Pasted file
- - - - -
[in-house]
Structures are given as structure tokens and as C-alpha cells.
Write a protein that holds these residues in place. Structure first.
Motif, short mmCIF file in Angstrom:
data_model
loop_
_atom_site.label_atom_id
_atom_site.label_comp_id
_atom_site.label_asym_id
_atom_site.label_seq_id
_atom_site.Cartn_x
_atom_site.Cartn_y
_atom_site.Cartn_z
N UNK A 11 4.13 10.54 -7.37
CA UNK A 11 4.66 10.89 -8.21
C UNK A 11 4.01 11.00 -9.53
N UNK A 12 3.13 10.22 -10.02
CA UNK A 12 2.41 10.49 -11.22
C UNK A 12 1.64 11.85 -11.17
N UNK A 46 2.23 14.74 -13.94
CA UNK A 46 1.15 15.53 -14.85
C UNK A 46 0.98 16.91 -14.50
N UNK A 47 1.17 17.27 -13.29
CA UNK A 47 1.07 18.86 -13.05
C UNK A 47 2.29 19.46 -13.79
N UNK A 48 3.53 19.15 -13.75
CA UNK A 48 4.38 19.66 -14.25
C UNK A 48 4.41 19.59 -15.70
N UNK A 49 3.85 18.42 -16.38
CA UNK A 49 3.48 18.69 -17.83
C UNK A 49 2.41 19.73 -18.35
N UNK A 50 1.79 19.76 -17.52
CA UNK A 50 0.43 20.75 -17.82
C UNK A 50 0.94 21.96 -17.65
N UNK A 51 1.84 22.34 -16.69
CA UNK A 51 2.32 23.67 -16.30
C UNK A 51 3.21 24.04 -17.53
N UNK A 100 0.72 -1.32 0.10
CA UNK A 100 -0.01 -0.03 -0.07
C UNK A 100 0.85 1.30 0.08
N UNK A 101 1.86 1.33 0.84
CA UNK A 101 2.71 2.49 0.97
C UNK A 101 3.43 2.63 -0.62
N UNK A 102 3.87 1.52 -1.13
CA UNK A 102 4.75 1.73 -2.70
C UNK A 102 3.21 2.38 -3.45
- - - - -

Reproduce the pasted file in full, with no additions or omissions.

[in-house]
Structures are given as structure tokens and as C-alpha cells.
Write a protein that holds these residues in place. Structure first.
Motif, short mmCIF file in Angstrom:
data_model
loop_
_atom_site.label_atom_id
_atom_site.label_comp_id
_atom_site.label_asym_id
_atom_site.label_seq_id
_atom_site.Cartn_x
_atom_site.Cartn_y
_atom_site.Cartn_z
N UNK A 11 4.13 10.54 -7.37
CA UNK A 11 4.66 10.89 -8.21
C UNK A 11 4.01 11.00 -9.53
N UNK A 12 3.13 10.22 -10.02
CA UNK A 12 2.41 10.49 -11.22
C UNK A 12 1.64 11.85 -11.17
N UNK A 46 2.23 14.74 -13.94
CA UNK A 46 1.15 15.53 -14.85
C UNK A 46 0.98 16.91 -14.50
N UNK A 47 1.17 17.27 -13.29
CA UNK A 47 1.07 18.86 -13.05
C UNK A 47 2.29 19.46 -13.79
N UNK A 48 3.53 19.15 -13.75
CA UNK A 48 4.38 19.66 -14.25
C UNK A 48 4.41 19.59 -15.70
N UNK A 49 3.85 18.42 -16.38
CA UNK A 49 3.48 18.69 -17.83
C UNK A 49 2.41 19.73 -18.35
N UNK A 50 1.79 19.76 -17.52
CA UNK A 50 0.43 20.75 -17.82
C UNK A 50 0.94 21.96 -17.65
N UNK A 51 1.84 22.34 -16.69
CA UNK A 51 2.32 23.67 -16.30
C UNK A 51 3.21 24.04 -17.53
N UNK A 100 0.72 -1.32 0.10
CA UNK A 100 -0.01 -0.03 -0.07
C UNK A 100 0.85 1.30 0.08
N UNK A 101 1.86 1.33 0.84
CA UNK A 101 2.71 2.49 0.97
C UNK A 101 3.43 2.63 -0.62
N UNK A 102 3.87 1.52 -1.13
CA UNK A 102 4.75 1.73 -2.70
C UNK A 102 3.21 2.38 -3.45